Schema duplication: A common problem encountered when building a GraphQL back end from scratch is the need for multiple schema: one for the database and another for your GraphQL endpoint. While you could easily create schema for both, there would be a lot of redundant code, and you would need to maintain two separate sources of truth.
Fortunately, the developer community has come up with a number of solutions to avoid schema duplication. One is to use GraphQL schema generation libraries to generate schema from existing code. Need a schema for your PostgreSQL database? Generate one with PostGraphile. Another is to simply convert preexisting type definitions to GraphSQL schema with the help of type resolvers.
The main idea is to turn to the developer community before spending time writing duplicate schema from scratch.
Handling GraphQL errors like REST errors: Error codes such as “403 unauthorized” or “404 not found” might make sense for a traditional REST-style API where each resource gets its own endpoint. The problem with this approach is that it negates one of the big advantages of using GraphQL: the ability to request exactly what you need from multiple data resources through a single endpoint. If any one of those resources throws a REST-style error, your entire page will respond as if it is in error, when in truth you could have still displayed some of that data had you followed the GraphQL specification’s description of error handling.
Redundant database calls: Imagine you wish to display a list of 100 customers with their addresses. In the conventional approach, this would require two database calls per view, one to pull customers, and another to pull their corresponding addresses.
But what would this look like in GraphQL? Assuming each customer has an address field with its own resolver, you’ll end up needing an initial call to pull the list of customers and an additional call to fetch each address per resolver. That’s a total of 101 database calls per view, and we haven’t even touched on the other types of fields you might want to display in your customer list.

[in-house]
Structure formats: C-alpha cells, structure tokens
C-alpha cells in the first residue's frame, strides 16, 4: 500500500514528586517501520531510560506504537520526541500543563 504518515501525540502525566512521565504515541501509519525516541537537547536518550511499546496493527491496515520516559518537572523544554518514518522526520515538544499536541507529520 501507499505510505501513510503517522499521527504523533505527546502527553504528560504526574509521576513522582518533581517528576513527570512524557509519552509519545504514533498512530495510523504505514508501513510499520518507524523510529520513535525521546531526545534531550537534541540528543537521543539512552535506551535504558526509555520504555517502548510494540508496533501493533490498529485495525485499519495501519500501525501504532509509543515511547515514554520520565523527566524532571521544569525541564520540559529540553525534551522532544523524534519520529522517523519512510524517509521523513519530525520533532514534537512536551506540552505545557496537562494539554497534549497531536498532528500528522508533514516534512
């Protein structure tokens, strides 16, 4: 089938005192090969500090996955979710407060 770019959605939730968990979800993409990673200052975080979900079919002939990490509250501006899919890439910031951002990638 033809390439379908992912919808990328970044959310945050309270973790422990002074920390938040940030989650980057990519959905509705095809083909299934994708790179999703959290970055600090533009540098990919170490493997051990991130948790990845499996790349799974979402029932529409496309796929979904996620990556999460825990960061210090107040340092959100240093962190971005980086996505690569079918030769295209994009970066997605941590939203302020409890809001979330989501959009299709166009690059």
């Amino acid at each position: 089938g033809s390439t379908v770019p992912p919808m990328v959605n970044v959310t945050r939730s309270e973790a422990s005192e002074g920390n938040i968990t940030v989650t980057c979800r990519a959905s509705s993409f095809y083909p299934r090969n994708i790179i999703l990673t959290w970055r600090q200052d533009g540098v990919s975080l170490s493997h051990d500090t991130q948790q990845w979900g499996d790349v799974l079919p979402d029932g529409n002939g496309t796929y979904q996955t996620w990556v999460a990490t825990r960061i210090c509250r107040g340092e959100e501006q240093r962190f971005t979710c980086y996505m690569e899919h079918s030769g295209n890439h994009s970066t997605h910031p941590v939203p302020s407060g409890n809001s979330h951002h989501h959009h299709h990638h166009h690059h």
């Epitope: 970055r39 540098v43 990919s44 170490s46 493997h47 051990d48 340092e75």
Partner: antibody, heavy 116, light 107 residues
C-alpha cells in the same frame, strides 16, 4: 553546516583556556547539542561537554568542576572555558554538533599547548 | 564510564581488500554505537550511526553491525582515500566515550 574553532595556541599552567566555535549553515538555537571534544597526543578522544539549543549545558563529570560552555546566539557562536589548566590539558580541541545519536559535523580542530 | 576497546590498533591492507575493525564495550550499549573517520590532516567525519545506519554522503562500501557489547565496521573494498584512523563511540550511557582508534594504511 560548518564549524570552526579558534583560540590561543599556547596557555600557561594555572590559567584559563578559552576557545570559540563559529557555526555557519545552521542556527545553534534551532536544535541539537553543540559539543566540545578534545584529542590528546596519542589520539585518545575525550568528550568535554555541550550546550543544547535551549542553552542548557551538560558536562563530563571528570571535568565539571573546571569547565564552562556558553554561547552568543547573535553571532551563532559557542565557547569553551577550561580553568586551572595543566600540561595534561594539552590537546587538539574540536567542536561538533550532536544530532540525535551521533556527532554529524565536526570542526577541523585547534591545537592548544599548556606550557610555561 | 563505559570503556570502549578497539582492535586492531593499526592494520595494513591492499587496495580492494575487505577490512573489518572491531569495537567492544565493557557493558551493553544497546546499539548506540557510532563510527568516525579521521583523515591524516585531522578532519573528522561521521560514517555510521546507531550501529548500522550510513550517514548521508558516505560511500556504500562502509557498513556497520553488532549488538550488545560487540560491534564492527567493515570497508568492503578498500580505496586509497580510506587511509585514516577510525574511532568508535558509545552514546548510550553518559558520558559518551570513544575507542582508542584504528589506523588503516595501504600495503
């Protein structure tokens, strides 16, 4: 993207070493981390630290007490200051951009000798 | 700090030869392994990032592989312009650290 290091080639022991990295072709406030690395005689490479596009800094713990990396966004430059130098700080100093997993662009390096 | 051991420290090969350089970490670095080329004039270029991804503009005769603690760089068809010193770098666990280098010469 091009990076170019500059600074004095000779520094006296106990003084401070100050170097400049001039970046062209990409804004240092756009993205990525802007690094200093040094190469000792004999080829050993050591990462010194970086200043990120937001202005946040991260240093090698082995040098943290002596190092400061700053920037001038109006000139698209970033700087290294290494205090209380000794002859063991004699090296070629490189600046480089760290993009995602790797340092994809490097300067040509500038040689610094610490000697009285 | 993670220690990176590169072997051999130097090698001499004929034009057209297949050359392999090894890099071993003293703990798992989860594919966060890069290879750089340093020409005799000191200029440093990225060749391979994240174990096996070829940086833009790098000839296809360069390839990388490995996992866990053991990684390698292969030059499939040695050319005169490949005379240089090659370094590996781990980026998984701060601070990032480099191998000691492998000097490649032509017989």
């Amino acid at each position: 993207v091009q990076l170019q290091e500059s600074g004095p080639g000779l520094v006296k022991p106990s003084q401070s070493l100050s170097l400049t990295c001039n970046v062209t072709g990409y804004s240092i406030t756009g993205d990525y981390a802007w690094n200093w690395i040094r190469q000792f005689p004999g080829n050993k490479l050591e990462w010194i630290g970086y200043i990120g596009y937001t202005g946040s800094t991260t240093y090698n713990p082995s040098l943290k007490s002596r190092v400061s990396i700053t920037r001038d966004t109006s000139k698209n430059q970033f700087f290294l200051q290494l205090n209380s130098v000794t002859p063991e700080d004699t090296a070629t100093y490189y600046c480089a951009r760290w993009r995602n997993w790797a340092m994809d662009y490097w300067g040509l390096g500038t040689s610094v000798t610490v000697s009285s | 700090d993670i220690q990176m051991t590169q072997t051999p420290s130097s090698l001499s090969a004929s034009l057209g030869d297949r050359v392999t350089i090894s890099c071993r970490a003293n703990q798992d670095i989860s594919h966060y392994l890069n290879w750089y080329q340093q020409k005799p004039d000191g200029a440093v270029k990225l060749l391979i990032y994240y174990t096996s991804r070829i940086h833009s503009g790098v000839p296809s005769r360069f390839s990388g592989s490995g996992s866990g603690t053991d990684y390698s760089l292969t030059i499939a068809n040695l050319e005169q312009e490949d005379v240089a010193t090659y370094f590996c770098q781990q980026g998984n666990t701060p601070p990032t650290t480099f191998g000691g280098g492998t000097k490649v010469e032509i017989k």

A more elegant solution is to use a dataloader to batch and cache database calls. The dataloader will batch all calls together into a single call if it notices that you’re hitting the same database table multiple times. It will also reuse objects when necessary by storing them in a memory cache.
Tips and best practices
Stand on the shoulders of giants.
As with any other developer technology, it’s important to take advantage of the libraries, tools, and resources made available by the open-source community. GraphQL has active communities on Stack Overflow, GitHub, and Facebook. There are also Slack channels and Discord chat rooms you can join to ask questions and contribute solutions. From resolvers to command-line tools to browser IDEs, there are many tools you can find to streamline your GraphQL development experience.
Compress your JSON with Gzip.
Practice pagination with the Connections pattern.
Connections is a design pattern for designing APIs with feature-rich pagination. From simple page numbers for lists to more-complex pagination such as the active revealing of data based on scrolling and cursor position, Connections provides a standardized way to implement robust pagination. Client tools made for GraphQL such as Relay actively encourage the Connections design pattern.